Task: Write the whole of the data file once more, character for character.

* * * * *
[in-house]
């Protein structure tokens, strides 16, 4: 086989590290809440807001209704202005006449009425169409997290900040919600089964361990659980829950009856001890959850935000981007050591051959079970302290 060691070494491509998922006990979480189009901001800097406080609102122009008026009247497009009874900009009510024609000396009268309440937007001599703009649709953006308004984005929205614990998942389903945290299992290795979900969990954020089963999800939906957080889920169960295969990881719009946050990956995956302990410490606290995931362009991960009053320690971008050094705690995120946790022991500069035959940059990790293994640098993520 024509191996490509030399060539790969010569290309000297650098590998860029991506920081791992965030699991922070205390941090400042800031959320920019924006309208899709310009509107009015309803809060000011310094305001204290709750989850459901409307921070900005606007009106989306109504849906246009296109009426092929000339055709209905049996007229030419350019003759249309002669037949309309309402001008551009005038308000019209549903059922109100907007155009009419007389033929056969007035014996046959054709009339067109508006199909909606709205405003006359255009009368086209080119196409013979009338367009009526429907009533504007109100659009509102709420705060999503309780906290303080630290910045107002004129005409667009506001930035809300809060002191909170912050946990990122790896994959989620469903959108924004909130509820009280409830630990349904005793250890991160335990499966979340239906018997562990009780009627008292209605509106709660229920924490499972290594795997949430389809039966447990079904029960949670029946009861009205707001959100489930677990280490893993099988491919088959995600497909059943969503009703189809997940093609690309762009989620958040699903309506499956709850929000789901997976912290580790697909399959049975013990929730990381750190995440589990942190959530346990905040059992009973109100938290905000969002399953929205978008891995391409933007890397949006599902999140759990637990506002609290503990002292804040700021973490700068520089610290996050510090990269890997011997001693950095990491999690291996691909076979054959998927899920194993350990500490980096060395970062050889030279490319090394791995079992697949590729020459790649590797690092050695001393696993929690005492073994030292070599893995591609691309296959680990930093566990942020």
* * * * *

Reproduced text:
[in-house]
């Protein structure tokens, strides 16, 4: 086989590290809440807001209704202005006449009425169409997290900040919600089964361990659980829950009856001890959850935000981007050591051959079970302290 060691070494491509998922006990979480189009901001800097406080609102122009008026009247497009009874900009009510024609000396009268309440937007001599703009649709953006308004984005929205614990998942389903945290299992290795979900969990954020089963999800939906957080889920169960295969990881719009946050990956995956302990410490606290995931362009991960009053320690971008050094705690995120946790022991500069035959940059990790293994640098993520 024509191996490509030399060539790969010569290309000297650098590998860029991506920081791992965030699991922070205390941090400042800031959320920019924006309208899709310009509107009015309803809060000011310094305001204290709750989850459901409307921070900005606007009106989306109504849906246009296109009426092929000339055709209905049996007229030419350019003759249309002669037949309309309402001008551009005038308000019209549903059922109100907007155009009419007389033929056969007035014996046959054709009339067109508006199909909606709205405003006359255009009368086209080119196409013979009338367009009526429907009533504007109100659009509102709420705060999503309780906290303080630290910045107002004129005409667009506001930035809300809060002191909170912050946990990122790896994959989620469903959108924004909130509820009280409830630990349904005793250890991160335990499966979340239906018997562990009780009627008292209605509106709660229920924490499972290594795997949430389809039966447990079904029960949670029946009861009205707001959100489930677990280490893993099988491919088959995600497909059943969503009703189809997940093609690309762009989620958040699903309506499956709850929000789901997976912290580790697909399959049975013990929730990381750190995440589990942190959530346990905040059992009973109100938290905000969002399953929205978008891995391409933007890397949006599902999140759990637990506002609290503990002292804040700021973490700068520089610290996050510090990269890997011997001693950095990491999690291996691909076979054959998927899920194993350990500490980096060395970062050889030279490319090394791995079992697949590729020459790649590797690092050695001393696993929690005492073994030292070599893995591609691309296959680990930093566990942020």